Joseph Frank Keaton, known to millions as Buster, is one of the most influential pioneers in the history of cinema – and yet there will be many out there who don’t even know who he is. This wonderful documentary from celebrated filmmaker Peter Bogdanovich aims to celebrate the so-called Great Stone Face’s immense body of work, perhaps creating a whole new legion of fans in the process.
In a career that spanned from 1898 (when he performed on stage at the age of 3) right up to his final works in 1966, Buster Keaton earned an incredible reputation, with critic Roger Ebert stating him to be “the greatest actor-director in the history of the movies”. This warm and passionate documentary plays as something between a hagiography and a greatest hits montage, with an endless wealth of remarkable footage of Buster at work for fans and newcomers to enjoy.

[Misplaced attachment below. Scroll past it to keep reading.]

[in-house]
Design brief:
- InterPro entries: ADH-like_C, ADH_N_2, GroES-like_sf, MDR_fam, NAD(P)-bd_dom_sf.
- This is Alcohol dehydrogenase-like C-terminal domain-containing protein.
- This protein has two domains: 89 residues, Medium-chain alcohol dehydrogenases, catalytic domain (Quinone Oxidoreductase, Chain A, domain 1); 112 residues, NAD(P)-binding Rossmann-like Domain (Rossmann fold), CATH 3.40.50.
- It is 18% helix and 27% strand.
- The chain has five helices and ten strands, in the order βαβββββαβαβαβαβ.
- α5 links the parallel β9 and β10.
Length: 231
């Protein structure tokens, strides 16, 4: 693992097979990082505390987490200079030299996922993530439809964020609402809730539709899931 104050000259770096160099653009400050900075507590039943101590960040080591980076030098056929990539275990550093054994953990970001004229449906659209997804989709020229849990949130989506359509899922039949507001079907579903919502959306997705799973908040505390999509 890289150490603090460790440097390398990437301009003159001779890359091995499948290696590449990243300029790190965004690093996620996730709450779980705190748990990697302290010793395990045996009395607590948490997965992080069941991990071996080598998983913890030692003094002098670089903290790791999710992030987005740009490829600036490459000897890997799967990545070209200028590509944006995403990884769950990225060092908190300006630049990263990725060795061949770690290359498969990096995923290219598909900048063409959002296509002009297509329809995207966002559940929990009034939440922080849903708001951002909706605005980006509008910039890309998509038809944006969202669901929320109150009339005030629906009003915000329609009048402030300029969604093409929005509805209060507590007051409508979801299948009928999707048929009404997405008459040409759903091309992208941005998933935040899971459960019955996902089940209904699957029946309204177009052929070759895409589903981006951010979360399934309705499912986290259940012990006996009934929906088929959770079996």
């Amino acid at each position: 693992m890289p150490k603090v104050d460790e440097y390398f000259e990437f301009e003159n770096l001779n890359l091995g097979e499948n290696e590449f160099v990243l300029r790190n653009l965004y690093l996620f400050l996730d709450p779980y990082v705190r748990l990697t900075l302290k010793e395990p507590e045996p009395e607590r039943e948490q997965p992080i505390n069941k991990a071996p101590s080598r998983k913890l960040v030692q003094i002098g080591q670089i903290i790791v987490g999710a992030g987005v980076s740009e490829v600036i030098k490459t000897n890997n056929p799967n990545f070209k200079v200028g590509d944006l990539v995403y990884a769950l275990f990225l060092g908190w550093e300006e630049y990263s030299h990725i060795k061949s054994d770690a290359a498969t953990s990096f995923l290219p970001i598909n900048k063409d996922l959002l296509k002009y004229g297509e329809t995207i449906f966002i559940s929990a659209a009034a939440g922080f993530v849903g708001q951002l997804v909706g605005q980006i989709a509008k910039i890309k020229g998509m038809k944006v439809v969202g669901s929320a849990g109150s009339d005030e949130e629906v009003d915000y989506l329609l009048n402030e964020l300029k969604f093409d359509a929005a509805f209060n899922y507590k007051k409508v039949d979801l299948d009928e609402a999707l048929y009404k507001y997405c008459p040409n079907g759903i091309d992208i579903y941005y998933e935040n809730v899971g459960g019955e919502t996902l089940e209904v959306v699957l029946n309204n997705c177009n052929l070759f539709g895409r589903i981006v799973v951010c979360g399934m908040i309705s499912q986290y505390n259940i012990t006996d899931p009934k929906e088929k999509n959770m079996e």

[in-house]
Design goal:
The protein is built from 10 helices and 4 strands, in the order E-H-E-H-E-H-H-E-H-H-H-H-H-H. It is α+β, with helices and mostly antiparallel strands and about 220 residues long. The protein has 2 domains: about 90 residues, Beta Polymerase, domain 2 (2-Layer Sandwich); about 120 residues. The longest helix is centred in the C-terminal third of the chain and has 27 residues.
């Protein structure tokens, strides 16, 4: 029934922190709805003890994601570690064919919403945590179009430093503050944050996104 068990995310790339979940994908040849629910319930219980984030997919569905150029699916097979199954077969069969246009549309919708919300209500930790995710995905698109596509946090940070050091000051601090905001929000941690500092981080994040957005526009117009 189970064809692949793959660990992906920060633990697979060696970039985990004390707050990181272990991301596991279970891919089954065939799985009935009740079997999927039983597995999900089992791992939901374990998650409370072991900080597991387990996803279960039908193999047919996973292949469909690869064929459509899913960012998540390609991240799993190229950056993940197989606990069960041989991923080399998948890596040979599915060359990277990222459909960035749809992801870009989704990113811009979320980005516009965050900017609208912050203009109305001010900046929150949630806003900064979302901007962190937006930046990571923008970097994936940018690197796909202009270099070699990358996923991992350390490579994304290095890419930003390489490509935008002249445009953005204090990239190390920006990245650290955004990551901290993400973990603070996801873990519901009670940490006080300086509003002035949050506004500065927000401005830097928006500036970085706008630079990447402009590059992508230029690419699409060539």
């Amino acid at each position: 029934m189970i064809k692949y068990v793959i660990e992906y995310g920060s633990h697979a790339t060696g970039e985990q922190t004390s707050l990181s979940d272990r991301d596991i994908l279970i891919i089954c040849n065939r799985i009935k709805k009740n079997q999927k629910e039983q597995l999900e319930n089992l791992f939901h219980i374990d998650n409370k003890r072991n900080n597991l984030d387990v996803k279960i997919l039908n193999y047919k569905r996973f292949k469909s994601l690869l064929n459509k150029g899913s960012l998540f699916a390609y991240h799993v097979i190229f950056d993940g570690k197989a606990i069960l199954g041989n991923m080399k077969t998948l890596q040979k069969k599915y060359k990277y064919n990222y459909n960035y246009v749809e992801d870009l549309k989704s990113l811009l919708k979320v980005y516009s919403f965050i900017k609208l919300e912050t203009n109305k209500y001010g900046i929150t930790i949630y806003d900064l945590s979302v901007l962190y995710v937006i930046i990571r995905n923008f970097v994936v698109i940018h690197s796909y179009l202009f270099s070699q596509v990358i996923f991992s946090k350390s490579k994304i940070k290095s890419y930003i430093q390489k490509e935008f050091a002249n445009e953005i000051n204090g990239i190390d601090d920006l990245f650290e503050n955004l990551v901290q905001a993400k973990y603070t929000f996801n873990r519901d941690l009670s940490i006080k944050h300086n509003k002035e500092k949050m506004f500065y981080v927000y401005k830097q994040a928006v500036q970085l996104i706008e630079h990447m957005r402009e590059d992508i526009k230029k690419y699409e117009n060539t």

With wonderful interviews throughout with some of Buster’s biggest fans and closest friends including Dick Van Dyke, Mel Brooks and many more, the film is filled with love for its subject. Time spent focusing on Keaton’s alcoholism and mental breakdown is glossed over quickly while the lion’s share of the runtime is dedicated on telling us – and showing us – why Keaton is so beloved. Featuring clips from the star’s most iconic work including The General, Sherlock Jr. and College, The Great Buster is a fitting tribute to the unparalleled comedian.
While the film never probes particularly deep into the life of Keaton which may leave existing fans disappointed, this fascinating piece of work will hopefully go on to introduce many more to Buster’s work. If nothing more, the film is a love letter to Keaton and a celebration of his incredible achievements in film. “I missed my chance to tell Buster Keaton he was a genius”, director Bogdanovich states, “now I’m telling the world”.
Surprisingly moving and endlessly inspiring, this warm and entertaining documentary serves as a superb introduction to the work of Buster Keaton.